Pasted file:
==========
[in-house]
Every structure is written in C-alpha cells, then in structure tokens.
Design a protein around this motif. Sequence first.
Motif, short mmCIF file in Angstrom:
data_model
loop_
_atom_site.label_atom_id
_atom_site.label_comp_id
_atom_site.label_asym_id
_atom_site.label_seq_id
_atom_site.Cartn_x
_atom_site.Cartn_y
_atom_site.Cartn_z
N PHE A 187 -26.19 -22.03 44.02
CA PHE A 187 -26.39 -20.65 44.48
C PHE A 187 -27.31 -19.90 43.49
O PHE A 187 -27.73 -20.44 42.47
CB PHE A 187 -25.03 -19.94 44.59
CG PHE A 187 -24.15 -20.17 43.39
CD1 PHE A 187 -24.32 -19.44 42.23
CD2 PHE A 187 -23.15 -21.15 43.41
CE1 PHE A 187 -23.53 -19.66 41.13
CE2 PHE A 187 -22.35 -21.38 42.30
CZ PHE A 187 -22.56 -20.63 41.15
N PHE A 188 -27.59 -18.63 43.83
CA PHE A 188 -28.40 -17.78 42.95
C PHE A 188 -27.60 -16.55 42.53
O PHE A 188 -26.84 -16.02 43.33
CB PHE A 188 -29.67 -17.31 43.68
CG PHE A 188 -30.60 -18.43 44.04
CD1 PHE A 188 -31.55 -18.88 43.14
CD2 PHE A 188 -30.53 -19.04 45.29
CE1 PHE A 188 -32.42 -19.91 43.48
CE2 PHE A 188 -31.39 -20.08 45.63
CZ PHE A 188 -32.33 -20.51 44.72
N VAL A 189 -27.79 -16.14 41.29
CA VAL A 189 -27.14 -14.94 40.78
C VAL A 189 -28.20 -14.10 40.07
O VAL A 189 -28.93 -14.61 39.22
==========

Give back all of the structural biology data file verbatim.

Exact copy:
[in-house]
Every structure is written in C-alpha cells, then in structure tokens.
Design a protein around this motif. Sequence first.
Motif, short mmCIF file in Angstrom:
data_model
loop_
_atom_site.label_atom_id
_atom_site.label_comp_id
_atom_site.label_asym_id
_atom_site.label_seq_id
_atom_site.Cartn_x
_atom_site.Cartn_y
_atom_site.Cartn_z
N PHE A 187 -26.19 -22.03 44.02
CA PHE A 187 -26.39 -20.65 44.48
C PHE A 187 -27.31 -19.90 43.49
O PHE A 187 -27.73 -20.44 42.47
CB PHE A 187 -25.03 -19.94 44.59
CG PHE A 187 -24.15 -20.17 43.39
CD1 PHE A 187 -24.32 -19.44 42.23
CD2 PHE A 187 -23.15 -21.15 43.41
CE1 PHE A 187 -23.53 -19.66 41.13
CE2 PHE A 187 -22.35 -21.38 42.30
CZ PHE A 187 -22.56 -20.63 41.15
N PHE A 188 -27.59 -18.63 43.83
CA PHE A 188 -28.40 -17.78 42.95
C PHE A 188 -27.60 -16.55 42.53
O PHE A 188 -26.84 -16.02 43.33
CB PHE A 188 -29.67 -17.31 43.68
CG PHE A 188 -30.60 -18.43 44.04
CD1 PHE A 188 -31.55 -18.88 43.14
CD2 PHE A 188 -30.53 -19.04 45.29
CE1 PHE A 188 -32.42 -19.91 43.48
CE2 PHE A 188 -31.39 -20.08 45.63
CZ PHE A 188 -32.33 -20.51 44.72
N VAL A 189 -27.79 -16.14 41.29
CA VAL A 189 -27.14 -14.94 40.78
C VAL A 189 -28.20 -14.10 40.07
O VAL A 189 -28.93 -14.61 39.22